Adding methanol IE race fuel, will up the octane value a great deal. Higher octane allows you (or the ECU) to advance the ignition further without ignition "knock", this is generating more power in engines that can utilize it. The methanol burns colder, Much colder, and lowers the intake temp drastically, giving a denser fill. This is also true but not as pronounced with ethanol. That's the good side of running E gas. All engines likes cold intake, and everything that can reduce the running temp of an air cooled engine is a plus in my book. There should be no mentionable concerns using high octane fuel, and certainly not anything in the "normal" range up to 95 or 98 which was common in ye olden days. My guess is that CAT has just dropped the minimum requirements spec book, and let the office apprentice put it together again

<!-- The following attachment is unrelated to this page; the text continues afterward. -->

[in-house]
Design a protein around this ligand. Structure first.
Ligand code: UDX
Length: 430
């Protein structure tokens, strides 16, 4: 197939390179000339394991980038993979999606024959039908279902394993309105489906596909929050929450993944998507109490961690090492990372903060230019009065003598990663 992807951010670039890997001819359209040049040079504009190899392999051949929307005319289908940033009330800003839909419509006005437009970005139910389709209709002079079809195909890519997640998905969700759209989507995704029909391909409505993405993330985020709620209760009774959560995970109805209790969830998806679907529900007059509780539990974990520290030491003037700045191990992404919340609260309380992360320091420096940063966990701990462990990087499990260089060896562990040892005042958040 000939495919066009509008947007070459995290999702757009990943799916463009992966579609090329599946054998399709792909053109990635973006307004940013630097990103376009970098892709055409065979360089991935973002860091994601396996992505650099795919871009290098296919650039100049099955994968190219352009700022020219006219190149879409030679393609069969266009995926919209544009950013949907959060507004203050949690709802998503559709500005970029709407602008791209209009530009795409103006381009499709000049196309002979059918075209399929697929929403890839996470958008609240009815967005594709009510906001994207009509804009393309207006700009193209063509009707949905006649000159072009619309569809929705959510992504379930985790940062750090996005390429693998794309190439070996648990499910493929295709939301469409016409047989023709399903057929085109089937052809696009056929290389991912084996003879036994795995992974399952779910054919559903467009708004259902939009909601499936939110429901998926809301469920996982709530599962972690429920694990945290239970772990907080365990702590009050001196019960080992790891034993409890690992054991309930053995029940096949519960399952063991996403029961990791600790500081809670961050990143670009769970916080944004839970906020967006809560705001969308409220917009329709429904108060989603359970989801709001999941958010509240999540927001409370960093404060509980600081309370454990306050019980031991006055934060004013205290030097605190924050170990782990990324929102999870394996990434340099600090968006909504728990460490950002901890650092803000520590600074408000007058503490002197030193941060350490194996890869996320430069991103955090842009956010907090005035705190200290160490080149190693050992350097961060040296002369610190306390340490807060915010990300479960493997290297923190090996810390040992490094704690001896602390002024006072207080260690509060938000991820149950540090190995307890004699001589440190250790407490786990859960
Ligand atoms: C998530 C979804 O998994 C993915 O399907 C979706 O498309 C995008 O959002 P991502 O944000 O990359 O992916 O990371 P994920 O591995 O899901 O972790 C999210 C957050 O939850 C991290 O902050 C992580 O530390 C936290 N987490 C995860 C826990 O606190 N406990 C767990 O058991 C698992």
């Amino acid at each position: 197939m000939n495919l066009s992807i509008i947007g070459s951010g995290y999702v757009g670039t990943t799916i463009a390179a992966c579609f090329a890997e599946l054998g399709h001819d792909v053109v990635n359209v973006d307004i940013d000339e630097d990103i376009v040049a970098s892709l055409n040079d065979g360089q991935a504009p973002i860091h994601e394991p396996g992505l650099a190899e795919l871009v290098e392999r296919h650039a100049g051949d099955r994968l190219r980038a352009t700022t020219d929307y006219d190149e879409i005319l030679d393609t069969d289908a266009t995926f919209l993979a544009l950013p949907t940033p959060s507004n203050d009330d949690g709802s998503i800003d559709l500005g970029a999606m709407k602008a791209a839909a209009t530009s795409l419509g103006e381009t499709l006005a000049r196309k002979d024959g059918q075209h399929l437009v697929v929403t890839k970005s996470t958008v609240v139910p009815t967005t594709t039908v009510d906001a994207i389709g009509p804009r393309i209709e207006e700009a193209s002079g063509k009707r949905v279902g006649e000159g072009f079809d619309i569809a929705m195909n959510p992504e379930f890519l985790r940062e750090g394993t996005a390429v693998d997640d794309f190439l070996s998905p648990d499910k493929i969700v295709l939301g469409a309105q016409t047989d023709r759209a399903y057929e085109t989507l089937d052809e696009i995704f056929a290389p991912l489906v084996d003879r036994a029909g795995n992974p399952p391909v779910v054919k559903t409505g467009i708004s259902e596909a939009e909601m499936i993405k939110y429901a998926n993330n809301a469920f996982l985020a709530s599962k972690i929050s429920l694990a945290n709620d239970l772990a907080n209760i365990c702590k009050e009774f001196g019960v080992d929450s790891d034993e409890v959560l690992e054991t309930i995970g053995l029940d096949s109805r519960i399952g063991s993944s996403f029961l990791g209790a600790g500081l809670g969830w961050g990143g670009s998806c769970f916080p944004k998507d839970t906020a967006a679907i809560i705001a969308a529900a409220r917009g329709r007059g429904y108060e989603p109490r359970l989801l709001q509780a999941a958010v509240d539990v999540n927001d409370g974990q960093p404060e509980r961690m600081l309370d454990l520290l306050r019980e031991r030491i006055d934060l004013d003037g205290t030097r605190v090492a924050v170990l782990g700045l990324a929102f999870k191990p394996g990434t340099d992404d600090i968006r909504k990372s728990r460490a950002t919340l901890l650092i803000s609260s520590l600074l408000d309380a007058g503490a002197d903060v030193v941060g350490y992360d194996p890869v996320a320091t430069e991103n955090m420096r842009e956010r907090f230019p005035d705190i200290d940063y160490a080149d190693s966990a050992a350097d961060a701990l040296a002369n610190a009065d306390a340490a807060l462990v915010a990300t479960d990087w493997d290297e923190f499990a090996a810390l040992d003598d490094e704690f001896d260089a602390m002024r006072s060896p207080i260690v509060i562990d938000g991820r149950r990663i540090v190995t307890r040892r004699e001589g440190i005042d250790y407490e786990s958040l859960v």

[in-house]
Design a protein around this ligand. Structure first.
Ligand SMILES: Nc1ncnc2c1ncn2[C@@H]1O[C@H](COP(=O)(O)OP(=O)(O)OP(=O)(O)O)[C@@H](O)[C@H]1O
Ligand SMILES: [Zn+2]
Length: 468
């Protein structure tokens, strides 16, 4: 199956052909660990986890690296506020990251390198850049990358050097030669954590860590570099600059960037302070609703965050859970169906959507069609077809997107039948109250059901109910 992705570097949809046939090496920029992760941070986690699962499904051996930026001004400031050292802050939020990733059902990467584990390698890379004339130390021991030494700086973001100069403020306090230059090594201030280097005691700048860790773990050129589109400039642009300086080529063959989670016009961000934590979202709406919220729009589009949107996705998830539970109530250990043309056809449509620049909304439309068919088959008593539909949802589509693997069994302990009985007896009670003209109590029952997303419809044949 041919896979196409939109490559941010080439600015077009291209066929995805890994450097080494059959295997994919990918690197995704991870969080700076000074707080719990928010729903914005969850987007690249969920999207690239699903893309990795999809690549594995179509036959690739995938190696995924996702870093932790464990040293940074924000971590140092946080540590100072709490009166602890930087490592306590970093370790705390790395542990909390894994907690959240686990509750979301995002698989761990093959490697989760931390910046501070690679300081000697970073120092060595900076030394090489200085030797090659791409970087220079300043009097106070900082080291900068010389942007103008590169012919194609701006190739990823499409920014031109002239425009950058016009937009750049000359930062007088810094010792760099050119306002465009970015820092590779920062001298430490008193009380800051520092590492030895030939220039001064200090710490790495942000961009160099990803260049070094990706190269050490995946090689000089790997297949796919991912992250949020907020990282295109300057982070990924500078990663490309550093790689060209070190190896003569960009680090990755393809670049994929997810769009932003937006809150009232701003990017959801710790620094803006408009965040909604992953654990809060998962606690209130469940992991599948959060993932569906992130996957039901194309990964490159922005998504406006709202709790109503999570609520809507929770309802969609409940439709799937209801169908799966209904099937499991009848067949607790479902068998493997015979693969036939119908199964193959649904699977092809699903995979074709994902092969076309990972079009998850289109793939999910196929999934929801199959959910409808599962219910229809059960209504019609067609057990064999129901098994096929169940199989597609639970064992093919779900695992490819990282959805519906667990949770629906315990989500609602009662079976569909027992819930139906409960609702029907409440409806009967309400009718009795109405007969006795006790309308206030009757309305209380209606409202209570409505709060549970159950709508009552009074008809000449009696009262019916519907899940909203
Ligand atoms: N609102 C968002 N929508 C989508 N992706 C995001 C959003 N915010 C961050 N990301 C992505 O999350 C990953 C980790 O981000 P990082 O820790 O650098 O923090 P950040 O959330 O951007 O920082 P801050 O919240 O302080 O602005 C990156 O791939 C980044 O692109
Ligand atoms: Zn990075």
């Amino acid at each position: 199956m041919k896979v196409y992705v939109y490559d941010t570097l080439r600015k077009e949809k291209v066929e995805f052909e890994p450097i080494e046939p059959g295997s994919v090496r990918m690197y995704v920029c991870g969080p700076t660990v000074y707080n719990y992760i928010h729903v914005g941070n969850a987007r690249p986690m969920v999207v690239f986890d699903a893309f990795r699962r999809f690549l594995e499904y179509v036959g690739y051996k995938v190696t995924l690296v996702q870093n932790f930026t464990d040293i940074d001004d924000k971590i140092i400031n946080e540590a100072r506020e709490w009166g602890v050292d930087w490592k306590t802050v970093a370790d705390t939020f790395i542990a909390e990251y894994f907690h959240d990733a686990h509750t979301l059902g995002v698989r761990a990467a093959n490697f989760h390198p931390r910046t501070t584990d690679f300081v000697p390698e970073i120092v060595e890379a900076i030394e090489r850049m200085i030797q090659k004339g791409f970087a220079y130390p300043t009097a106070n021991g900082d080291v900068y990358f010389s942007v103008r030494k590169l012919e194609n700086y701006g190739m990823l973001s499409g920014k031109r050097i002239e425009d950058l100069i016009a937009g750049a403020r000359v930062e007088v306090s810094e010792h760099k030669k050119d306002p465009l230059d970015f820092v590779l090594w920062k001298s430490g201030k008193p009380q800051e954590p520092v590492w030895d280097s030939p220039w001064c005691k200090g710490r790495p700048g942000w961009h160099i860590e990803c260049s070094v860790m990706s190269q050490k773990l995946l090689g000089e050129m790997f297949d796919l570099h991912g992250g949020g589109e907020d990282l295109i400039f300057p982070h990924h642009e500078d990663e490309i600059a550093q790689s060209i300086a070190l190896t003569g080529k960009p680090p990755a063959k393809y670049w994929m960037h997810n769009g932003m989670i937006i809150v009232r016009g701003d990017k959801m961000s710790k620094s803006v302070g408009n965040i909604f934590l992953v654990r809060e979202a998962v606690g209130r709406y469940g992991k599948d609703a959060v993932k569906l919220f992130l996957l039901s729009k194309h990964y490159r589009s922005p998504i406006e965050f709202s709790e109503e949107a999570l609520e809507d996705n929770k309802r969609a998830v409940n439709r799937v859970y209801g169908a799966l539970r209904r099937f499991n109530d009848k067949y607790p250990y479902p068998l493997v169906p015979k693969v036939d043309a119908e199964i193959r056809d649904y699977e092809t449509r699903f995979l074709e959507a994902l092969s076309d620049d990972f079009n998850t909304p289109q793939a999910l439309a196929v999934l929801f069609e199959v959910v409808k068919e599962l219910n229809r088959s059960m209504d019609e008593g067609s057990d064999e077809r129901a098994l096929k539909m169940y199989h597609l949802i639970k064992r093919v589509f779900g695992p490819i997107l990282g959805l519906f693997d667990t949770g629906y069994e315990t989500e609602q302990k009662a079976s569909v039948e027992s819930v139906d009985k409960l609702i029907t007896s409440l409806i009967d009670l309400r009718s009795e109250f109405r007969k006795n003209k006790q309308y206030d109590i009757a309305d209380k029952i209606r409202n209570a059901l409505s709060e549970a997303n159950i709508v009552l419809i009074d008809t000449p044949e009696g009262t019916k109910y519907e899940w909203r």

4. Engine Oil Recommendations

    Yeah I just found out that Castrol also has come up with 5w50 and 10w60. They say the same thing, and cars like BMW M series is factory with this oil now. It performs better in the higher temps that these engines can produce internally under load. Don't see why it should'ent be a + to have better high temp performance in air cooled engines. I'll get a hold of it in my next shipment, and try it out. The same story was told when 0w40 was new to market, and so on so forth. New oils are newer (or extremely rarely) developed for garden machine engines, it's just adapted----slowly----- IF religion permits...... Good thing it ain't like that with tires. We would all be driving on white wall radials then. The Zinc additive is of no concern when using the really good modern oils, as the shear strength is so much higher. The Zinc act like a lubricating barrier, kind of like the lead did in gas once (bad example maybe). It was primarily a way of improving the load carrying quality of the oil. I'm not gonna trow more gas on the fire here, just aiming to round it of with the only thing I guess the different religions can agree on: Change it often. that is the most important thing of all!